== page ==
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American Apparel Expands RFID to Additional Stores
A little more than a year after its ambitious foray into item-level RFID tagging at its stores, the clothing company is enjoying positive results.
Improved inventory accuracy isn't the only benefit, however. The pilot stores have also been able to reduce labor by up to 60 hours per week since installing the system, because it negates the need for taking manual inventory.
An American Apparel store maintains between 25,000 and 45,000 items in inventory, depending on each site's size and storage capacity, according to Kris Doane, technical lead for the retailer's RFID project. Thus far in the pilot, the company has consumed well over 1 million tags—and it expects the stores will use 2 million additional tags before the end of the year.
American Apparel is utilizing RFID interrogators manufactured by Motorola, as well as Vue Technology's Intellipad reader antenna, used at the point of sale to read the EPCs encoded on the tags, in order to initiate the sale transaction. Vue's TrueVue software is used at the eight existing pilot stores to manage Electronic Product Code (EPC) and inventory data. When EPC data is collected at the point of sale, the software updates the item's status from in-stock to sold.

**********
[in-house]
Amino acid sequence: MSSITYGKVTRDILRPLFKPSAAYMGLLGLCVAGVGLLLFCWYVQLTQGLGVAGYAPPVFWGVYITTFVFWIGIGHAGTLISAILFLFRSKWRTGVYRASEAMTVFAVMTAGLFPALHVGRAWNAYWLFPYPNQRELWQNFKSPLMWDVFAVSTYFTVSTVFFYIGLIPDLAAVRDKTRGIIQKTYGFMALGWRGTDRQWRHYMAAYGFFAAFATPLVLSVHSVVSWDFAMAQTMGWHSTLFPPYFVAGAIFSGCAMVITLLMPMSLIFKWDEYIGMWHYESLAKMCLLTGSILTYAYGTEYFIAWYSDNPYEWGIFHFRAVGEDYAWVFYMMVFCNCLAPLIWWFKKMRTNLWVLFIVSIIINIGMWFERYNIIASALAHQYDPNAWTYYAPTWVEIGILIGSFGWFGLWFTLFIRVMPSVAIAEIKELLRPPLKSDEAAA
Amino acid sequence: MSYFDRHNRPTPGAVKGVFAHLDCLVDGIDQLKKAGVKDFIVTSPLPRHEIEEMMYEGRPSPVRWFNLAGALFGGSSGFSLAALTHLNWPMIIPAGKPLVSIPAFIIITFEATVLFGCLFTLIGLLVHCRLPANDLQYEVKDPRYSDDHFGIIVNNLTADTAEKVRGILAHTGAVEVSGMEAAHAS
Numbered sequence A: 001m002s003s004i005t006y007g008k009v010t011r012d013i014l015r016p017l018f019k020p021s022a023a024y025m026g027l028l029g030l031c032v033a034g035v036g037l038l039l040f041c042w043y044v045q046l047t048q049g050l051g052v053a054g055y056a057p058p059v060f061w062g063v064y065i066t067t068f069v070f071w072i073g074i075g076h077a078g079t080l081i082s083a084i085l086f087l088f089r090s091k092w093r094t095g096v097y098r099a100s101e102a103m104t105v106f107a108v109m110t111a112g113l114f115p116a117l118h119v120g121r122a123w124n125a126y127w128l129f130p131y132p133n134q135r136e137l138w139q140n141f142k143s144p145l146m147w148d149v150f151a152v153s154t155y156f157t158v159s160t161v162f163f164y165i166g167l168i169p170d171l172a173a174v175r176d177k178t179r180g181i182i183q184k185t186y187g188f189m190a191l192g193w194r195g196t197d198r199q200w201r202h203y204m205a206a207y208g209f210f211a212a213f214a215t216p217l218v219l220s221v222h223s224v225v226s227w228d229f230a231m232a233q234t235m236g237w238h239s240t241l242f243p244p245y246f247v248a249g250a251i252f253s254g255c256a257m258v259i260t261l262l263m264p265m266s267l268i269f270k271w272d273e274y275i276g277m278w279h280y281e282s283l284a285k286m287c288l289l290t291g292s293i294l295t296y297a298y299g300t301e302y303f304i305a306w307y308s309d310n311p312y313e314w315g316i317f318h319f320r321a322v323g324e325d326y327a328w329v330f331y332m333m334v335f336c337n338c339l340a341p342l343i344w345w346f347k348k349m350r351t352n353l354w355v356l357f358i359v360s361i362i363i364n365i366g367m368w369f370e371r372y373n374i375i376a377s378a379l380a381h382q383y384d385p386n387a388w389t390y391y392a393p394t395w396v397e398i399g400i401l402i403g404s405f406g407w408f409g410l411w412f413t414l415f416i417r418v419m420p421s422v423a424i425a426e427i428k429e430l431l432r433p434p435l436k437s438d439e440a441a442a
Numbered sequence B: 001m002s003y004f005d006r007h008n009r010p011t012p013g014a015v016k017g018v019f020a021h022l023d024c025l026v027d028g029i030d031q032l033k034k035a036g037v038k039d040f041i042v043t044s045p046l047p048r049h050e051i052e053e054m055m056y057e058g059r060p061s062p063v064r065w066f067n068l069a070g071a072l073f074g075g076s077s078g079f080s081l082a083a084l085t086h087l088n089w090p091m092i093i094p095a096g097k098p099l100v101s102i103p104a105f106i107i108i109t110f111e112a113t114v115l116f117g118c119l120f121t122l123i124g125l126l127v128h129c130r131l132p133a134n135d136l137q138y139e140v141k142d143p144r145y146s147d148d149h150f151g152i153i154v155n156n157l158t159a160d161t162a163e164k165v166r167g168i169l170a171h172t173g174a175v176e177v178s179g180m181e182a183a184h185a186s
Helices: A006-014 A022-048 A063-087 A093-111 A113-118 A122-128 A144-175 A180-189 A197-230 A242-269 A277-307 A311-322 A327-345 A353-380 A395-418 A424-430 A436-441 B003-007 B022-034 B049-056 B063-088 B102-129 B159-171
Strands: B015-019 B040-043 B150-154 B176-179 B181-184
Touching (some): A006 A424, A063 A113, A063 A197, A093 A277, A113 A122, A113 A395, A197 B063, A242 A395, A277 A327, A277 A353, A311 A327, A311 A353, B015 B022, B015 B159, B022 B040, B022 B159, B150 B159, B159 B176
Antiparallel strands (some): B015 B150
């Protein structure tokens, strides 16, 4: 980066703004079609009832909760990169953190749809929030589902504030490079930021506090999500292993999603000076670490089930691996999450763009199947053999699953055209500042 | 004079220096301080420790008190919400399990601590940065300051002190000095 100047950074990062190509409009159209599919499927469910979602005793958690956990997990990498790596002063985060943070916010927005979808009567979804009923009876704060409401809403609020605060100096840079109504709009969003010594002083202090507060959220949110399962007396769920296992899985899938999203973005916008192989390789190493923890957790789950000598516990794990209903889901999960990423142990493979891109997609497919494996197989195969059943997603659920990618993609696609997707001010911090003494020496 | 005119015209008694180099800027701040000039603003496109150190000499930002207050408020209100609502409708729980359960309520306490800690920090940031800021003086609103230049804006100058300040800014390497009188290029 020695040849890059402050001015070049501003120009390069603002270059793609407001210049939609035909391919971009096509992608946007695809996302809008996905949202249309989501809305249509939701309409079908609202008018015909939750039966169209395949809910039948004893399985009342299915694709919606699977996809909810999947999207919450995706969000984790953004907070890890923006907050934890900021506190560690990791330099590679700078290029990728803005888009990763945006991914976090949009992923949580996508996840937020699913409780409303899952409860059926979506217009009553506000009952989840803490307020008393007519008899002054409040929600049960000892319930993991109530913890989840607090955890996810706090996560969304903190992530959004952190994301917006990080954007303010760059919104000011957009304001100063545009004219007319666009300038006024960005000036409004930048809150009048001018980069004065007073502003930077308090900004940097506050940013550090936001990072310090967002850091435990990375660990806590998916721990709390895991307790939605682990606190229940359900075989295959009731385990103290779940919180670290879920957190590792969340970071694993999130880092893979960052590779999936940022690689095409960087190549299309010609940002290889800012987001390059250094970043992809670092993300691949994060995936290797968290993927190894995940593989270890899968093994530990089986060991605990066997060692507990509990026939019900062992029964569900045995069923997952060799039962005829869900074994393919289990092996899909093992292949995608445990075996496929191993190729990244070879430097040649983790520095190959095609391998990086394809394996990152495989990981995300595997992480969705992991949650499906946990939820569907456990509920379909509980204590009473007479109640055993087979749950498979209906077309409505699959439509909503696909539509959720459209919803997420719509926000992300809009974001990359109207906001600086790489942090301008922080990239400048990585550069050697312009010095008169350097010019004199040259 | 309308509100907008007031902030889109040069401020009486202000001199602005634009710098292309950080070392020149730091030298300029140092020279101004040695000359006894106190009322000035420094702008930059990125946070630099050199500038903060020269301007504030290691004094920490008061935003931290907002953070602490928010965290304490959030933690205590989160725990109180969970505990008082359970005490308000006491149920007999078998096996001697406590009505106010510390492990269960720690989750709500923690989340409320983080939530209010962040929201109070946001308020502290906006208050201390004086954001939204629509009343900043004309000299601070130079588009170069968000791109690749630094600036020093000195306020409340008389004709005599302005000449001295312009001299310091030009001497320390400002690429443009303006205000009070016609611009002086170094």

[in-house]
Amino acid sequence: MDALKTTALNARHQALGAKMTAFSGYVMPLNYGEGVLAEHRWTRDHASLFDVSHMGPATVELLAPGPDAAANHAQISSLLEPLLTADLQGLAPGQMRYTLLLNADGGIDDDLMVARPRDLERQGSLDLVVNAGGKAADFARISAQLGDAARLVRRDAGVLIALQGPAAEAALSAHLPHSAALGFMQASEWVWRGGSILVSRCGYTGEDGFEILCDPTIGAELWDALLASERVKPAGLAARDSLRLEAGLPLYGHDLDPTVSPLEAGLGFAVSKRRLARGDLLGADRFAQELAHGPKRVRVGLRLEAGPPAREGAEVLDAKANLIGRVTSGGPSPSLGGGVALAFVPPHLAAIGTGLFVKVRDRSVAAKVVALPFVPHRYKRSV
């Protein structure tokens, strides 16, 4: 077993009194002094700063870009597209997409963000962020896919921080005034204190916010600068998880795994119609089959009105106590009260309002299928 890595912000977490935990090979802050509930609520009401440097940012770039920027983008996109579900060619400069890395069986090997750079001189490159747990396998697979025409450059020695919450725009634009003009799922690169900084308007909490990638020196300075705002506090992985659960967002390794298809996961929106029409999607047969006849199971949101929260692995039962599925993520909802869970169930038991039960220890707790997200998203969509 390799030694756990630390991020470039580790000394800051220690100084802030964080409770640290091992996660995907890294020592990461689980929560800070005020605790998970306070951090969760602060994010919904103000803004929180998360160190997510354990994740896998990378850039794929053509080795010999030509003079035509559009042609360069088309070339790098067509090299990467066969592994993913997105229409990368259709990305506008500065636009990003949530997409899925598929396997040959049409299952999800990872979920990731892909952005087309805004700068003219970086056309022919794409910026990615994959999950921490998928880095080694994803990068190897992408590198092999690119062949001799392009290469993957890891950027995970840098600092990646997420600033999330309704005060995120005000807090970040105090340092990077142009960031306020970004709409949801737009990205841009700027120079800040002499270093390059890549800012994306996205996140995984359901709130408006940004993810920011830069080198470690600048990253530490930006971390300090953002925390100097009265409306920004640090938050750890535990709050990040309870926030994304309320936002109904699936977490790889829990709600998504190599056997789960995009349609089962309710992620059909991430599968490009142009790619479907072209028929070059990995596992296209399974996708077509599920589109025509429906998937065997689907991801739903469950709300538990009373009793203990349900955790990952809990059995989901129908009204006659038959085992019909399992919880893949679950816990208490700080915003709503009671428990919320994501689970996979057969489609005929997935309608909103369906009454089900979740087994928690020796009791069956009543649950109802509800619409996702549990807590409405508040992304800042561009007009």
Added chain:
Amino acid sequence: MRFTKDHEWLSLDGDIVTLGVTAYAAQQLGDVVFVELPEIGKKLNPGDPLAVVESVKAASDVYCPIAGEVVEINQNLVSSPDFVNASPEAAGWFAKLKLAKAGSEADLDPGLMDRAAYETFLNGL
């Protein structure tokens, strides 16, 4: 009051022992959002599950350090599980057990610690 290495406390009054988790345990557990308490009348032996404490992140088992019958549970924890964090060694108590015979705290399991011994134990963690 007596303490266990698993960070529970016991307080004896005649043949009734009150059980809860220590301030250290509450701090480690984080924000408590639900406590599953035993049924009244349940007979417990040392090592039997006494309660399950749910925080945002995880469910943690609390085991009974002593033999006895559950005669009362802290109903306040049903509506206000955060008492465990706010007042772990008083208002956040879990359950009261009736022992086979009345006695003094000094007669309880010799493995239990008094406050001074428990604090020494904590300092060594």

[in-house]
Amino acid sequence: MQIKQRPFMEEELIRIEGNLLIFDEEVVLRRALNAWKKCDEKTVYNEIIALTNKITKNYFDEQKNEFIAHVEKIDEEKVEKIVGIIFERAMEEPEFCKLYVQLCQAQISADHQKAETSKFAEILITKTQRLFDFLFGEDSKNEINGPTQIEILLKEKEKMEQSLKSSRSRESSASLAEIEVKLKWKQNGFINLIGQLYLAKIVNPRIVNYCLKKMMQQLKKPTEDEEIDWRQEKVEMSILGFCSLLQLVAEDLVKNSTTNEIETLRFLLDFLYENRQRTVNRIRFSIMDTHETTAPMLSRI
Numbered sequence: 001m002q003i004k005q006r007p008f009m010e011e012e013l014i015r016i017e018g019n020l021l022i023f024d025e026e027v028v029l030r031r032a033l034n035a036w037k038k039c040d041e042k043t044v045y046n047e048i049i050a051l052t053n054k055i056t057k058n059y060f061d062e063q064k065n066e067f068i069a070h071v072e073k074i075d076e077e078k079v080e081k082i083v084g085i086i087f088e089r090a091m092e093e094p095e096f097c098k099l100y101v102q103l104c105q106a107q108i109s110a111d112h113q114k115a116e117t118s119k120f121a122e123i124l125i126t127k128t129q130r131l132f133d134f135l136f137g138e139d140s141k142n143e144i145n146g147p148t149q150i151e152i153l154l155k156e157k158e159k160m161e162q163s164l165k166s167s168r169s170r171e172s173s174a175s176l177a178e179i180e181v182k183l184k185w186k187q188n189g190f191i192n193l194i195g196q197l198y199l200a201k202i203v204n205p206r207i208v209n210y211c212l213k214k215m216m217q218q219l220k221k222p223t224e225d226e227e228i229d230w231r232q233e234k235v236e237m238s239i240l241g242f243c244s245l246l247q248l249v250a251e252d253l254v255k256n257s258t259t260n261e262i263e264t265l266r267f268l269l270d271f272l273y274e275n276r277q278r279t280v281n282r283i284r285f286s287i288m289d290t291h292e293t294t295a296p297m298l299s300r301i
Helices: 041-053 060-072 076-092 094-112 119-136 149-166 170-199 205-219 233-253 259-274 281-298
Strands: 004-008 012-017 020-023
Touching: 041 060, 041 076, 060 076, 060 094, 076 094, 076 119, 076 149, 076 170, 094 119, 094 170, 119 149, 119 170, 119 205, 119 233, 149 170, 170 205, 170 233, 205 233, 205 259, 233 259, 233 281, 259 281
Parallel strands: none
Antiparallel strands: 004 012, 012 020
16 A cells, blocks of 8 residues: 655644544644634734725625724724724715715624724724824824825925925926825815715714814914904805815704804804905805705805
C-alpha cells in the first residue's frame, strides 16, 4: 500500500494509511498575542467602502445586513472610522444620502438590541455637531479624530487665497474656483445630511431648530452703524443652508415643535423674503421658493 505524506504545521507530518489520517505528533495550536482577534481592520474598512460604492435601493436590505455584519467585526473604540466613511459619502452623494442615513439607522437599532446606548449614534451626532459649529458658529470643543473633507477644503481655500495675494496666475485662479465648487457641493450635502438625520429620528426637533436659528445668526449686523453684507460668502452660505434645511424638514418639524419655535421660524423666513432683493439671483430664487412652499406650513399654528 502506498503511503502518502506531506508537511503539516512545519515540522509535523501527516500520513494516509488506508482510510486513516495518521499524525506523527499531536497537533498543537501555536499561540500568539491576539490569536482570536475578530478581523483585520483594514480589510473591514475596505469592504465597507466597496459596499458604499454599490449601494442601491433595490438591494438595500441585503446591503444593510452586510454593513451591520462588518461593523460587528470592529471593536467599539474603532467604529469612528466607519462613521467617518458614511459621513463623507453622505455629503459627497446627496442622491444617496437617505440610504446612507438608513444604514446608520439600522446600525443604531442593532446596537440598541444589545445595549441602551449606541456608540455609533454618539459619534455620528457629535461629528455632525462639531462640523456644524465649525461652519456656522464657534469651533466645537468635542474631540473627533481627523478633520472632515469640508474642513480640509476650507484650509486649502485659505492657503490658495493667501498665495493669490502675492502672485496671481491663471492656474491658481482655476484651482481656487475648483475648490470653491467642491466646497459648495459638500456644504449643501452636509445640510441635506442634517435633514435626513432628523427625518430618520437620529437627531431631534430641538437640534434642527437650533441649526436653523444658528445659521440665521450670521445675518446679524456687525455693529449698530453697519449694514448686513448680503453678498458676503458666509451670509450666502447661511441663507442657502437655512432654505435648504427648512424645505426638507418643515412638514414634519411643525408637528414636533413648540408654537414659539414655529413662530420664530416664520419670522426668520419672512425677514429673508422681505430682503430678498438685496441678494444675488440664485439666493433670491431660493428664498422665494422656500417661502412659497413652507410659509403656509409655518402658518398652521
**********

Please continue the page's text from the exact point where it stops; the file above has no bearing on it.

At one of the stores soon to come online, however, American Apparel will test a different EPC and inventory-management software product—the Clarity-ARS Advanced Retail System, produced by RFID solutions provider Xterprise.
At present, Livingston says, the pilot stores are running the Vue software in parallel with Retail Pro—the point-of-sale and inventory management software American Apparel uses at its stores—and legacy business systems. But going forward, the company hopes to be able to integrate the software that manages EPC and store inventory data into those legacy systems. The Xterprise software is built on Microsoft's BizTalk Server R2 middleware, which supports standard integration tools that will enable the retailer to link the RFID system with Retail Pro.
"Once we address these integration points," Livingston states, "we'll be able to introduce the RFID system [at additional stores] more easily, and with less impact [on the on stores' IT systems]."
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